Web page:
Brown seaweed a “promising strategy” for blood sugar management: review

By Olivia Brown

- Last updated on GMT

© vovashevchuk / Getty Images
© vovashevchuk / Getty Images

Related tags Seaweed Algae Blood glucose levels Blood sugar

A new systematic review observes that brown seaweed consumption, specifically Laminaria digitata, Undaria pinnatifida, Acophyllum nodosum, and Fucus vesiculosus species, are significantly associated with improvements in postprandial blood glucose levels.

The researchers note substantial improvements to postprandial blood glucose, glycated haemoglobin (HbA1c), and Homeostatic Model Assessment of Insulin Resistance (HOMA-IR) levels following consumption, when compared to control groups.

The researchers conclude: “Therefore, based on our research, seaweed supplementation appears to be a promising strategy for reducing postprandial blood glucose, HbA1c, and HOMA-IR levels, thereby enabling better blood glucose management and leading to a decreased risk of type 2 diabetes.”

Diabetes prevalence

Prevalent shifts to increasingly sedentary lifestyles and western diets high in calories have led to the obesity epidemic of the modern day, resulting in significant increases​ in chronic disease occurrence. It is known​ that 90% of diabetes cases result from overweight and obesity, which can increase risk of adverse health outcomes such as cardiovascular diseases and cerebrovascular events including stroke.

Whilst diabetes treatment often involves the administration of medications such as insulin and metformin, these solutions have often been reported​ to have significant side-effects. Dietary interventions as effective, long-term strategies have been increasingly investigated, with the benefits of a Mediterranean diet and caloric restriction strategies being well documented.

Specifically, the health benefits of algae consumption have been increasingly studied​ over recent years due the potent levels of polyphenols, polysaccharides, and carotenoid, as well as their high protein and fibre contents. Consequently, seaweed supplementation has increased in popularity.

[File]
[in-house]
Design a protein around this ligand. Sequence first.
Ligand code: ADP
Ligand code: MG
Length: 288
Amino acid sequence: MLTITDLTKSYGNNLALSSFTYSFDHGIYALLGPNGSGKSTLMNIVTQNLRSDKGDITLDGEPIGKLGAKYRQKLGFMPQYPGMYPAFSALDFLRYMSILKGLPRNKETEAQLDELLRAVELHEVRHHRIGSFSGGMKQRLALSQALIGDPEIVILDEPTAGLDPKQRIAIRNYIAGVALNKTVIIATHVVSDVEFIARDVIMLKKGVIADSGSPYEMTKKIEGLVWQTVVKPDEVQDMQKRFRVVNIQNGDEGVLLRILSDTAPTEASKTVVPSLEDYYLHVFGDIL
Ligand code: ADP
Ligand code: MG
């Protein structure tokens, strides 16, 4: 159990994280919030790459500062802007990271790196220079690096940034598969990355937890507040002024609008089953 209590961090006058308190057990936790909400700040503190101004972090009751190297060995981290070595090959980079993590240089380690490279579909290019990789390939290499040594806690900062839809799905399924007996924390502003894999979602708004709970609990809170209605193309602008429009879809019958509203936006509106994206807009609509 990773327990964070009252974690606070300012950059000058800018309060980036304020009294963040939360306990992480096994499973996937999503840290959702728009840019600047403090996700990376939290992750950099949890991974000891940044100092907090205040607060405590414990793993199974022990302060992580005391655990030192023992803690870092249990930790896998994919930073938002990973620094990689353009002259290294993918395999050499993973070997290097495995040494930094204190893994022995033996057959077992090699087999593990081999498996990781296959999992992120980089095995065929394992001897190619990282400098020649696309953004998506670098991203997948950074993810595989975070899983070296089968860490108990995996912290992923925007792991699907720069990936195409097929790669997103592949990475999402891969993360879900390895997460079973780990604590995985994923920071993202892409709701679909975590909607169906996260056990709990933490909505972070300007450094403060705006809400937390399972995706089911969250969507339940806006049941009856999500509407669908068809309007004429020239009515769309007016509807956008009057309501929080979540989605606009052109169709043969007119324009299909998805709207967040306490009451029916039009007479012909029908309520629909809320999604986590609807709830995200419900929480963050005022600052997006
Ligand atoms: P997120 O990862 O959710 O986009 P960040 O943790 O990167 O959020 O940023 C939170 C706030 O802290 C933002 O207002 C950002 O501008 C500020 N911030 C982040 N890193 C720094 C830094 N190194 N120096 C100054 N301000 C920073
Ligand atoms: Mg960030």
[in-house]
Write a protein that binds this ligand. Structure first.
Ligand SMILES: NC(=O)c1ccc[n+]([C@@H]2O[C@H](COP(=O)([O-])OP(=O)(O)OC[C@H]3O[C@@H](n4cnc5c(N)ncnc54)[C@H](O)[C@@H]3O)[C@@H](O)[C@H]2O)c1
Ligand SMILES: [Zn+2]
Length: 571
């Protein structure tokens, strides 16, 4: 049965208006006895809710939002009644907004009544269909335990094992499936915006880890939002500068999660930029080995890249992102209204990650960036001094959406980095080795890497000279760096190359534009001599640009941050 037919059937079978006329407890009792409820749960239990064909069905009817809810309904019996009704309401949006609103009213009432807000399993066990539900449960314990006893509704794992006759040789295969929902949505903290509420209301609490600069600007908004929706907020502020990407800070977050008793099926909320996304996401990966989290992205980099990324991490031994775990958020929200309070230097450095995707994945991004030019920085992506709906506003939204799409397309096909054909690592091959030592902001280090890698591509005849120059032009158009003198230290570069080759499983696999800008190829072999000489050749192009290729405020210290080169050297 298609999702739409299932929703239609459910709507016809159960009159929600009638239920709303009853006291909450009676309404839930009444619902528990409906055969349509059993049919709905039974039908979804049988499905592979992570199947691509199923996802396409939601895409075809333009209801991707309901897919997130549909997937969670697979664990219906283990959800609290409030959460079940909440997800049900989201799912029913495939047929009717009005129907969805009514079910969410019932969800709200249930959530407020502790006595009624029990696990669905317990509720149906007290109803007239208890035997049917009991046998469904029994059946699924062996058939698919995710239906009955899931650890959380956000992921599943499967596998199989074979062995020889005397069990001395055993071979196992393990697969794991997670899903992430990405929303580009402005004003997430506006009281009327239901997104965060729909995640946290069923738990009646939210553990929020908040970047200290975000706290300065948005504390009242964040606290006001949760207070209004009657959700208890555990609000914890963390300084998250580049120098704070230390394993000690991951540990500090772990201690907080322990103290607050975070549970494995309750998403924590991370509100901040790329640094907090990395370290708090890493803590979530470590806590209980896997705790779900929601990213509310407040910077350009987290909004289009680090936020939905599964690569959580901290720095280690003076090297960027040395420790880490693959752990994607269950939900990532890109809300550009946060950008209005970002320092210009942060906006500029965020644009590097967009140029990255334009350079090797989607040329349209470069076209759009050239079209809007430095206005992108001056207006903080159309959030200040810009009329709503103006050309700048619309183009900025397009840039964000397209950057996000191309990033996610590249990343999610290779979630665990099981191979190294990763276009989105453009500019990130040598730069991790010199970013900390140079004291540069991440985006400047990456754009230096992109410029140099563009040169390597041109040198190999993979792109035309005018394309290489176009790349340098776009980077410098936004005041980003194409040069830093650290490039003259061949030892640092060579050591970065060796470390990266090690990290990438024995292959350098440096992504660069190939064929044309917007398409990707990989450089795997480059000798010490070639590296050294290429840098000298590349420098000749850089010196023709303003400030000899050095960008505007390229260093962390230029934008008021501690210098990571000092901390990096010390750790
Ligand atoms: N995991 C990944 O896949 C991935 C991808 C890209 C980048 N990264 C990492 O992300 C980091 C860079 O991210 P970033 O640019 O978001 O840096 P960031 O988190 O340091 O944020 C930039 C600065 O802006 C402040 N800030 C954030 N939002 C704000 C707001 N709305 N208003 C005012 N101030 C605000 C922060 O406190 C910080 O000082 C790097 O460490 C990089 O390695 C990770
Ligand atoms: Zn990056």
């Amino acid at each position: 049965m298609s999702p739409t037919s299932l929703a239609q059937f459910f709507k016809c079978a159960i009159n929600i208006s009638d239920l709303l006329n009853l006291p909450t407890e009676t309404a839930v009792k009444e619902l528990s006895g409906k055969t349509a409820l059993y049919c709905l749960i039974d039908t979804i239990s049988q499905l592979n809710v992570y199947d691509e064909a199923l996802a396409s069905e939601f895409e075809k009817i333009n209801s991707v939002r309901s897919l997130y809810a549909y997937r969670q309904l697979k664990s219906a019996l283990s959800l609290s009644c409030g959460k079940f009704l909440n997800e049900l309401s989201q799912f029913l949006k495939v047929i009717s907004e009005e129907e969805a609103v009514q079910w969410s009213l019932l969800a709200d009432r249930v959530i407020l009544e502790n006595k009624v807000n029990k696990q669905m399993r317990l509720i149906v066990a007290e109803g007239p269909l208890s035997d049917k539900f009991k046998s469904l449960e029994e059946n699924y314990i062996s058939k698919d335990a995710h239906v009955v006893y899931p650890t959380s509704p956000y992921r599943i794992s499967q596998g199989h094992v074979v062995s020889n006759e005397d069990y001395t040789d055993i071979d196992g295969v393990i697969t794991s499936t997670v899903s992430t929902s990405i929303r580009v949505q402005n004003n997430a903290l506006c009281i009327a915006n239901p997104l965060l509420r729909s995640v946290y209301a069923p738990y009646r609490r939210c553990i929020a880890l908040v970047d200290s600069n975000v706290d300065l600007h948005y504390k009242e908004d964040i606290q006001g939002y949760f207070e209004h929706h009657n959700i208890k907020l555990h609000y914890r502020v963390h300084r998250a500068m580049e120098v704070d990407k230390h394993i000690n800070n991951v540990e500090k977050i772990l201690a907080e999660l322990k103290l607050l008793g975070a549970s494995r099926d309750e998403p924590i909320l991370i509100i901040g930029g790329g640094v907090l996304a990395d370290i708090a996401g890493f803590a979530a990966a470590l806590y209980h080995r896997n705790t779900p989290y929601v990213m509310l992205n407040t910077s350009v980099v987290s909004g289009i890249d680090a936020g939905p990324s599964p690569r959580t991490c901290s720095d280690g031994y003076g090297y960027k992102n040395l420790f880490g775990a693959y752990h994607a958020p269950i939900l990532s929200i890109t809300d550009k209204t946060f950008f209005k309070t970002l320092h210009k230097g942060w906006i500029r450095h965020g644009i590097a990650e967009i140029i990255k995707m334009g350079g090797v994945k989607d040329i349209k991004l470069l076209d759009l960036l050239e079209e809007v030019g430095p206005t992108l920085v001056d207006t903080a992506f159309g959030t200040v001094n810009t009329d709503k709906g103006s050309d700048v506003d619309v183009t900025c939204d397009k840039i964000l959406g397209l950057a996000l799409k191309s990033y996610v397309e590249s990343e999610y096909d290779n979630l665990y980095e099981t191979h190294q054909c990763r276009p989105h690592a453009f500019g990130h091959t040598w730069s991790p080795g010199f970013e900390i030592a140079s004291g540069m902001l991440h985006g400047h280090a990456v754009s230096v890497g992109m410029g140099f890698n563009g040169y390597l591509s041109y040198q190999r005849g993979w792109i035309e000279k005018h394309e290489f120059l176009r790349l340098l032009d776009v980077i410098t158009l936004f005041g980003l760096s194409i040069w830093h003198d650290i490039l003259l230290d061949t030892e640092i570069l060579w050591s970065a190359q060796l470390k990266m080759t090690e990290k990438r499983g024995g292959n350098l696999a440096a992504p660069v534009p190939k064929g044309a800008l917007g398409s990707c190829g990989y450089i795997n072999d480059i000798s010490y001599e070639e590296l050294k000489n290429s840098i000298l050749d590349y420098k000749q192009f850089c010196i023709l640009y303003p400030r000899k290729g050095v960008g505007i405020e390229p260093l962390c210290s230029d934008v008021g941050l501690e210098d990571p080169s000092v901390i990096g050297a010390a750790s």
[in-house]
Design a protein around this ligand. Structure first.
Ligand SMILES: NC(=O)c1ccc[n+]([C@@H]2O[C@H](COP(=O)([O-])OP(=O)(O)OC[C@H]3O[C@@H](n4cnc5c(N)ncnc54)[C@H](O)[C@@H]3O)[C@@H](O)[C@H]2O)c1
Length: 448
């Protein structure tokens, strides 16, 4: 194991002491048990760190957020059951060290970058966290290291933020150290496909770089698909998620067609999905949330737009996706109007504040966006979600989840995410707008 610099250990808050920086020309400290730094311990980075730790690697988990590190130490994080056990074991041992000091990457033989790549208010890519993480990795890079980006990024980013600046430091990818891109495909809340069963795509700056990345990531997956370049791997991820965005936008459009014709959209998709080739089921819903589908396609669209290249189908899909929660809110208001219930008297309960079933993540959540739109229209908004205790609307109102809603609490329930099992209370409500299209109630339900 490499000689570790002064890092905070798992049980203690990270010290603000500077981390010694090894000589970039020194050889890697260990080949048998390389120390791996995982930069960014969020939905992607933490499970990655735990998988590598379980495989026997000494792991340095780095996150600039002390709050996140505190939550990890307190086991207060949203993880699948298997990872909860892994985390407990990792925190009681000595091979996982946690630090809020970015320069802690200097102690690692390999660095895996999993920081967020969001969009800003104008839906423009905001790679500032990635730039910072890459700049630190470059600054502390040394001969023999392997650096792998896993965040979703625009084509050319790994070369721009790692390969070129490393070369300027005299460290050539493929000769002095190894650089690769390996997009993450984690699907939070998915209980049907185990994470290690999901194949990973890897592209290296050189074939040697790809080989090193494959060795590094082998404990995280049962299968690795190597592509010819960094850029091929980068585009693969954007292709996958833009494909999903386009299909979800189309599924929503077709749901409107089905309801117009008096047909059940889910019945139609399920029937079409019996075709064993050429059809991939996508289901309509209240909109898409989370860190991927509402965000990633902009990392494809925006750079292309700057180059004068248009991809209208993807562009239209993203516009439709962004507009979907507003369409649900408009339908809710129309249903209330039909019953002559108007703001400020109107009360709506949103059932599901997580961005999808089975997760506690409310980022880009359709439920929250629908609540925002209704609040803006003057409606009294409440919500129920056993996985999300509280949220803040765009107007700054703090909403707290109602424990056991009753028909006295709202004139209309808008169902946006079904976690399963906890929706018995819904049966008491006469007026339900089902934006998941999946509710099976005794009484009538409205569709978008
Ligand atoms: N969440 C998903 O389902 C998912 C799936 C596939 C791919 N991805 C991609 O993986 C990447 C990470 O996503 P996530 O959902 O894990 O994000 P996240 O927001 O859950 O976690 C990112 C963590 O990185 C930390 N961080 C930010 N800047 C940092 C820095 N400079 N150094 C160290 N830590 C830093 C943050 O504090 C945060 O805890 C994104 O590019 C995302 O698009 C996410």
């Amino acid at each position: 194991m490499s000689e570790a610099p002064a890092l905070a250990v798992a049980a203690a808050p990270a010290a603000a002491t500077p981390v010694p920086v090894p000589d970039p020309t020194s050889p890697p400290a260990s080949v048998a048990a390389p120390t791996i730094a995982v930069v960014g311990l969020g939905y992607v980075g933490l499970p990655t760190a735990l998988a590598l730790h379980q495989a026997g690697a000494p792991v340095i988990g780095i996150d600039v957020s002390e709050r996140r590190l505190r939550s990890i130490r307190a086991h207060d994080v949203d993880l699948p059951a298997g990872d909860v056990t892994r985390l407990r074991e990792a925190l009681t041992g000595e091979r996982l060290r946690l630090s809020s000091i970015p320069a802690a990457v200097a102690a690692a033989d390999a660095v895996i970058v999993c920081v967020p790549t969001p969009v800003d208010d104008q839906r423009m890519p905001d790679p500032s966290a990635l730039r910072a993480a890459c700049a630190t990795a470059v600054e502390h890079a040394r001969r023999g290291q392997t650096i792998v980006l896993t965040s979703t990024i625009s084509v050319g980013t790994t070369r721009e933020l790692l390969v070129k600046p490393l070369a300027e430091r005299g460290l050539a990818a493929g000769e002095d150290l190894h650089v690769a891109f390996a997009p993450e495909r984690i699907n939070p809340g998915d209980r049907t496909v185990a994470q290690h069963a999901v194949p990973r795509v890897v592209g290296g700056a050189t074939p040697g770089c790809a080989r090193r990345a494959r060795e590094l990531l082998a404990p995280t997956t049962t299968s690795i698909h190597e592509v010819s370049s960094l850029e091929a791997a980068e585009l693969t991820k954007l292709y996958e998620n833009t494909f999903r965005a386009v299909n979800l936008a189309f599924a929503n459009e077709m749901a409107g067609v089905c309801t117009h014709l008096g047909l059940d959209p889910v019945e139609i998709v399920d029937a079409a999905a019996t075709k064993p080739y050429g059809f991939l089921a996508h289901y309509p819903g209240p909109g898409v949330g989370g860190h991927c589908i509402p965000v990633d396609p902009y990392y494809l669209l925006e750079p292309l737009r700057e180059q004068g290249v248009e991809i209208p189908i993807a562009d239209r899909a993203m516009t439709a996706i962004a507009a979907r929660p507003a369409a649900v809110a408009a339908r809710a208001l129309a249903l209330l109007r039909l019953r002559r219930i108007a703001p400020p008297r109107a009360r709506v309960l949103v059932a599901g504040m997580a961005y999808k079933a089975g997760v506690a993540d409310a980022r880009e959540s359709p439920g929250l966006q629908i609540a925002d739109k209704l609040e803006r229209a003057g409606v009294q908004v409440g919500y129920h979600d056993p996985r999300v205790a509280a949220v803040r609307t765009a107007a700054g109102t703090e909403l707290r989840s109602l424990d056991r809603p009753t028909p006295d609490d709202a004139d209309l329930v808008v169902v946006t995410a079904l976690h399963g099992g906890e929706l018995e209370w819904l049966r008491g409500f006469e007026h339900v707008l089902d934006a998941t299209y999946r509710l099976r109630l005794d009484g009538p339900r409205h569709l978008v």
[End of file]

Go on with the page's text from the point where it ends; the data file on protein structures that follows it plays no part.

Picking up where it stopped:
Whilst previous research​ has found associations between brown seaweed intakes and blood glucose regulation, there is a lack of comprehensive evaluations of the available evidence to allow for conclusions to be made on their efficacy over diabetes prevention. Thus, the present literature review sought to bridge this gap.

Review findings

The researchers utilised the databases of PubMed, RISS, Google Scholar, Science Direct, and Cochrane Library to gather available studies investigating the effects of algae supplementation on human blood glucose. Specific inclusion criteria and keywords were used to identify 23 relevant studies.

It was determined that those consuming seaweed had significant improvements to postprandial blood glucose, HbA1c, and HOMA-IR levels, when compared to the control groups.

Further subgroup analysis indicated that high dosages of 1000mg and over resulted in greater benefits over lower dosages, with Laminaria digitata, Undaria pinnatifida, Acophyllum nodosum, ​and Fucus vesiculosus ​species found to be more effective at delivering blood glucose improvements.

However, it was noted that significant associations were not established between fasting blood glucose and insulin levels and seaweed intakes.

Study significance

The researchers highlight the significance of their findings: “The decrease in postprandial blood glucose, HbA1c, and HOMA-IR as a result of consuming seaweed or its extracts indicates a reduced risk of diabetes patients experiencing post-meal hyperglycaemia and signifies an improvement in blood sugar management and metabolic status.”

“HbA1c is formed by the glycation of haemoglobin and leads to an average blood glucose level in an individual’s blood. This serves as a standard of care (SOC) biomarker for diabetes monitoring. HOMA-IR is a key indicator for the primary prevention of diabetes, as it distinguishes early-stage diabetes,” they stress, highlighting the importance of the findings for potential diabetes intervention strategies.

Yet, the report emphasises the need for further RCTs to establish the mechanisms of action behind the effect, whilst investigating the differences in effect of brown, red, and green algae types.




Source: Nutrients

“Brown Seaweed Consumption as a Promising Strategy for Blood Glucose Management: A Comprehensive Meta-Analysis”

by Yu Rim Kim, Min Ju Park, Soo-yeon Park and Ji Yeon Kim

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